hmmm and then we went to the dead sea. that mud we've got all over us is all mineral-rich and supposedly miraculously good and healing, etc. we had quite and adventure getting here, and actually ended up at a random semi-private campsite, but nobody cared, and it turned out quite fun, even tho all we had to eat for the day was a bag of easter candy and we ended up having to hitchhike back. so here i am doing the typical floating while reading spiel, and then there's jessie floating/flying, and then some beach shots, and some shots of the bushes we changed in, and the cool mud and my foot (sorry, i refuse to post bikini pics,so u don't get to see me covered in mud. i know ur disappointed.), and waiting at the bus stop for the bus that never came....:
















ok, so then we went back to j-town and went to the temple mount, where we hung out in front of the dome of the rock but weren't allowed in. it was the most peaceful place in the whole city, even in the two hours allotted for us tourists (only muslims are allowed up there otherwise). here's some pics of the dome, and some kids playing round the mount:














and, just for kicks, here's me with one of our, as you can see, fabulously varied and plentiful meals. actually, we just bought the bagel. and the bagel guy felt so bad for us that he gave us a free falafel balll and a free packet of zataar. then the falafel ball tasted like fish so we threw it away and the wind blew all the zataar away. sigh. this was a pretty standard lunch. yaaay impoverished backpacking....:



and here's a few random pics of riding at the pyramids, out with the interns, etc, just cuz :)










oh, and we took a tour of the Desert Development Center (DDC) where jessie works. aren't we cute. and doesnt it not look like egypt.....those are Swiss cows, and Australian pine trees....and grass.....weeeeird. the last two shots are where they grow the tons of forests of little baby pine trees which they water from a canal from the nile, next pic:





















ok that's enough playing around for now. :) enjoy!
  • Current Music
    the humming my head...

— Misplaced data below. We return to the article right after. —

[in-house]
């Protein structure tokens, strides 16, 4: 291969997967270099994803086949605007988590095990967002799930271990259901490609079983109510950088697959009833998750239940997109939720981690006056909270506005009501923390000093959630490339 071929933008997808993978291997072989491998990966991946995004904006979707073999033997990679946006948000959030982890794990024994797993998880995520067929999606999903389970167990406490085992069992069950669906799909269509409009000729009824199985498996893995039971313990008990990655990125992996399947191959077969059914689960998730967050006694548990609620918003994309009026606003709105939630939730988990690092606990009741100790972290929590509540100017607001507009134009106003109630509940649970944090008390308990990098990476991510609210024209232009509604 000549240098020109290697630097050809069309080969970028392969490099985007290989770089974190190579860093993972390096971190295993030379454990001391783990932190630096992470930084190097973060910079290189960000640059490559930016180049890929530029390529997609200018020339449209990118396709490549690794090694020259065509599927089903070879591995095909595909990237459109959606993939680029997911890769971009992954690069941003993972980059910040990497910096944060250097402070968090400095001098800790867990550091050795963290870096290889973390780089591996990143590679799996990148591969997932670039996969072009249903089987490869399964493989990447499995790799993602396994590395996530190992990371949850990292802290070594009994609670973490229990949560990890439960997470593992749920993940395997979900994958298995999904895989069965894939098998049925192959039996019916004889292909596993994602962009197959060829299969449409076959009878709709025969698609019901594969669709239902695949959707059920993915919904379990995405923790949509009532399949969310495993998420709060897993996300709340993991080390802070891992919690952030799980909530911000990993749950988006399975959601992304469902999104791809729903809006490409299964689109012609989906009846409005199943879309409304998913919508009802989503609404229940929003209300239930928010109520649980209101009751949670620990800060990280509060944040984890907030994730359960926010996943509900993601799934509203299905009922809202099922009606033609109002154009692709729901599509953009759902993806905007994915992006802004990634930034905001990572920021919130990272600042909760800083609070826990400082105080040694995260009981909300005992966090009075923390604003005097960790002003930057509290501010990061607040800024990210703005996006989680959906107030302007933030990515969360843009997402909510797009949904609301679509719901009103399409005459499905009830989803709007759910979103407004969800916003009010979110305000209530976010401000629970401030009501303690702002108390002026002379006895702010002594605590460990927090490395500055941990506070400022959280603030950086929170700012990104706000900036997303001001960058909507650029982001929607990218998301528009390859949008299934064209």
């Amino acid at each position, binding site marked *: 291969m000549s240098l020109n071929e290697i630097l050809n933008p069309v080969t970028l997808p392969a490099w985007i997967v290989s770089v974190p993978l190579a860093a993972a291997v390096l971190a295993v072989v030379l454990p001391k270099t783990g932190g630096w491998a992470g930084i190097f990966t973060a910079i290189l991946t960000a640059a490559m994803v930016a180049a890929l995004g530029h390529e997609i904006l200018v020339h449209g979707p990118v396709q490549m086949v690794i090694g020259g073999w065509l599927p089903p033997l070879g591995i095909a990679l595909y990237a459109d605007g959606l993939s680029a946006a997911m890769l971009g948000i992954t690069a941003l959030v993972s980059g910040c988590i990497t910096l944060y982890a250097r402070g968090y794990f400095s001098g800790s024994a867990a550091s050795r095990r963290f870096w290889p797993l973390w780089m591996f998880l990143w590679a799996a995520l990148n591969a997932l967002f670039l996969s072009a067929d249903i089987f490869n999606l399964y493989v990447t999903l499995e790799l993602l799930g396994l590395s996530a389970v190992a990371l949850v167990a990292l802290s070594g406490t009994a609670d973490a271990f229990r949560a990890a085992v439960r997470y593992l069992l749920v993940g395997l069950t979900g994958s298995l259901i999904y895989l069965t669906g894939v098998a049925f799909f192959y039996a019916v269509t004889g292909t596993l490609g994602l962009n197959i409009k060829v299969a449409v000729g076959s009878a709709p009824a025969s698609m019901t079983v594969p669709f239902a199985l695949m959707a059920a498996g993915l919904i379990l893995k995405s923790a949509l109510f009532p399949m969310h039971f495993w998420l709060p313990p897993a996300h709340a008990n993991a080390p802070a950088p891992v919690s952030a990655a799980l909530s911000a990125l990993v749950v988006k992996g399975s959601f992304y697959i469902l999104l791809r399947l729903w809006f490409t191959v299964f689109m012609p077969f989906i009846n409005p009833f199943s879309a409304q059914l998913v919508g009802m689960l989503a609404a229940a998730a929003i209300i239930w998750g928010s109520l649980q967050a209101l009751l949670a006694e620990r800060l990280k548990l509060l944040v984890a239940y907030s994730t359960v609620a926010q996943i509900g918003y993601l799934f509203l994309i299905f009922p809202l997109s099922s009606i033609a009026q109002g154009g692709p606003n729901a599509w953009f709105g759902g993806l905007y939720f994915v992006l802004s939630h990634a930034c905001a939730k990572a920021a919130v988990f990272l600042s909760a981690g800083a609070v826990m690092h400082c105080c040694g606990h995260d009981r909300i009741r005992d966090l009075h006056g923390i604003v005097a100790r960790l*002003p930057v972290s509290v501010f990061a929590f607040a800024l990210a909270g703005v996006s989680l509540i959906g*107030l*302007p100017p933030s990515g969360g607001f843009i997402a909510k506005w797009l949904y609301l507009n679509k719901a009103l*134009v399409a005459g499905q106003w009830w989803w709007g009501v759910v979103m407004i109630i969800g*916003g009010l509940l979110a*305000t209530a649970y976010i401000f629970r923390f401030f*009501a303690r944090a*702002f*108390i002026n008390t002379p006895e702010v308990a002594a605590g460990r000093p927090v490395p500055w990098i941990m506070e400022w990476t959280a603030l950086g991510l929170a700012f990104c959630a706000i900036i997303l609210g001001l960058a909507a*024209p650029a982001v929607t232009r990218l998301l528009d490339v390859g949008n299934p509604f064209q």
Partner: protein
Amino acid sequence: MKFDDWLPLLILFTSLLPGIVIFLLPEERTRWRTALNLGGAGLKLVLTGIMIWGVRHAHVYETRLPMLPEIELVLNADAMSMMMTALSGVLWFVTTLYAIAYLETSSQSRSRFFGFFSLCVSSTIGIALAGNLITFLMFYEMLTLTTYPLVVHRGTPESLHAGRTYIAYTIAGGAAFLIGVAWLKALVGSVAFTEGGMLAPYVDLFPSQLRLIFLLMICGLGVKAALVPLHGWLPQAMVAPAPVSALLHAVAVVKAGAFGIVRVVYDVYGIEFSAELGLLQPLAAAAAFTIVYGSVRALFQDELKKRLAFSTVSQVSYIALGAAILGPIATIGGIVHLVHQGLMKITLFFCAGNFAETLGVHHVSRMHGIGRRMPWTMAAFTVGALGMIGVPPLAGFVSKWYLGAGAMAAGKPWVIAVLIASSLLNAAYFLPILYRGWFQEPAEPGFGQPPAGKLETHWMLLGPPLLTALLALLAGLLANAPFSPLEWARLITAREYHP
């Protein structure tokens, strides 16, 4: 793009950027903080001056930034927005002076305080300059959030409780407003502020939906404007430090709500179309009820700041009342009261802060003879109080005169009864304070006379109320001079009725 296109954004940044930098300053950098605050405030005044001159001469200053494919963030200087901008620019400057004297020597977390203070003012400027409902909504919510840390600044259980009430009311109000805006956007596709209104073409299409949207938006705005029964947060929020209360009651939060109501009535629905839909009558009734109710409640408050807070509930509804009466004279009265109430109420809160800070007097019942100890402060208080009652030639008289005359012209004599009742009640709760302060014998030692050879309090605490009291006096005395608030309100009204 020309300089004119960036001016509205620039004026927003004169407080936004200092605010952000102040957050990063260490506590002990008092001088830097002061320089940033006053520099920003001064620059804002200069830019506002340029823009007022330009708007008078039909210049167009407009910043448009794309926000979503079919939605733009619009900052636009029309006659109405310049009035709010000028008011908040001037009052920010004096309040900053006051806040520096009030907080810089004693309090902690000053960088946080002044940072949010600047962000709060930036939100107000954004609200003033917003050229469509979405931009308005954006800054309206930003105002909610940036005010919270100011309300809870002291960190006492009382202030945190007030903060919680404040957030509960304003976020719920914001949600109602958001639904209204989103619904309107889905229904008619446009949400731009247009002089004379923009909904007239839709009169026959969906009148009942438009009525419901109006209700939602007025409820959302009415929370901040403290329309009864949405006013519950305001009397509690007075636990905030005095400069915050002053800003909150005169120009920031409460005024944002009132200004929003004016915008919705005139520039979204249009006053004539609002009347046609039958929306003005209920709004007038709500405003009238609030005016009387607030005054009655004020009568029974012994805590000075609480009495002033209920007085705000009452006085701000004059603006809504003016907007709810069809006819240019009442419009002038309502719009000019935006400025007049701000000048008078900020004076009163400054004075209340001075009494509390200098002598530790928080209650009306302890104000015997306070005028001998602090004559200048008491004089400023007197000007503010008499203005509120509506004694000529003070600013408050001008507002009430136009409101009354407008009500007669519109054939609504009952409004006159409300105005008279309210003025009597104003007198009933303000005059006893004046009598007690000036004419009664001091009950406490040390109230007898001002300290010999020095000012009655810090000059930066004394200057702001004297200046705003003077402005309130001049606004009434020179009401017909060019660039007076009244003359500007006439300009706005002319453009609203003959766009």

now or never

spring break photo time!! woohoo!

this trip was crazy, and long, and complicated, so i'm gonna do this sort of photo-album instead of entry + photos, with some short captions with each, so you can just scan the photos if you want and don't have to read a really long rendition of all the absurdities that the trip entailed. and if you do want, leave me a note and i'll expand any stories. :)

ok, so we started out taking a 7-hour bus from Cairo to St. Katherine's monastery, at the foot of Mt. Sinai. We arrived late in the evening, and proceed to climb the mountain right then and there, arriving at the top around 10 pm or so. We slept in this bedouin guy's cafeteria cuz it was effing freezing and we couldn't afford enough blankets to sleep outside. then at 4 am we got up and watched the sunrise from the summit. us and five million other tourists, most of whom rode camels up just in time for the sunrise, but some of whom were savvy-er backpackers than us and actually had sleeping bags. This is the top of the mountain, from night when we got there into sunrise, with me wrapped in a blanket (cooooold!!) and in front of the cliffs, etc:


















here are some shots of all the people/backpackers/bedouins/one really intense japanese religious group singing hallelujah songs who were all at the summit with us:













ok, now lots of pics of rocks and mountainous crags and such that we encountered on the way down. The way up we took the camel path (dirt road up the far side of the mt from the monastery) plus 750 steps to the summit, and it was dark, but on the way down then next day we went down the full Steps of Repentance - 3750 big stone steps that some monk carved out to repent for lord knows what. anyway, they were much more fun down in the daylight than (i imagine) up in the dark:










ok i suppose that's enough rocks for you to look at...it was pretty cool tho. next, we hung out at st. katherine's monastery, where there's supposedly a descendent of the original burning bush. i wasn't too impressed and i was too tired to fake it, so i don't have any photos worth posting of that. but next we climbed on a bus to Dahab, where we spent a couple of days snorkeling, horseback riding, and lazing on the beach gazing across the Red Sea at Saudi Arabia. Here you see me on a windy day, the Blue Hole where we snorkeled and where I only after discovered there are lots of scary sharks and current-related diver deaths, a camel that jessie befriended, us on horseback, tucker and a shisha as we lazed on the beach. there are better pics from here, but i havent stolen them from catherine yet: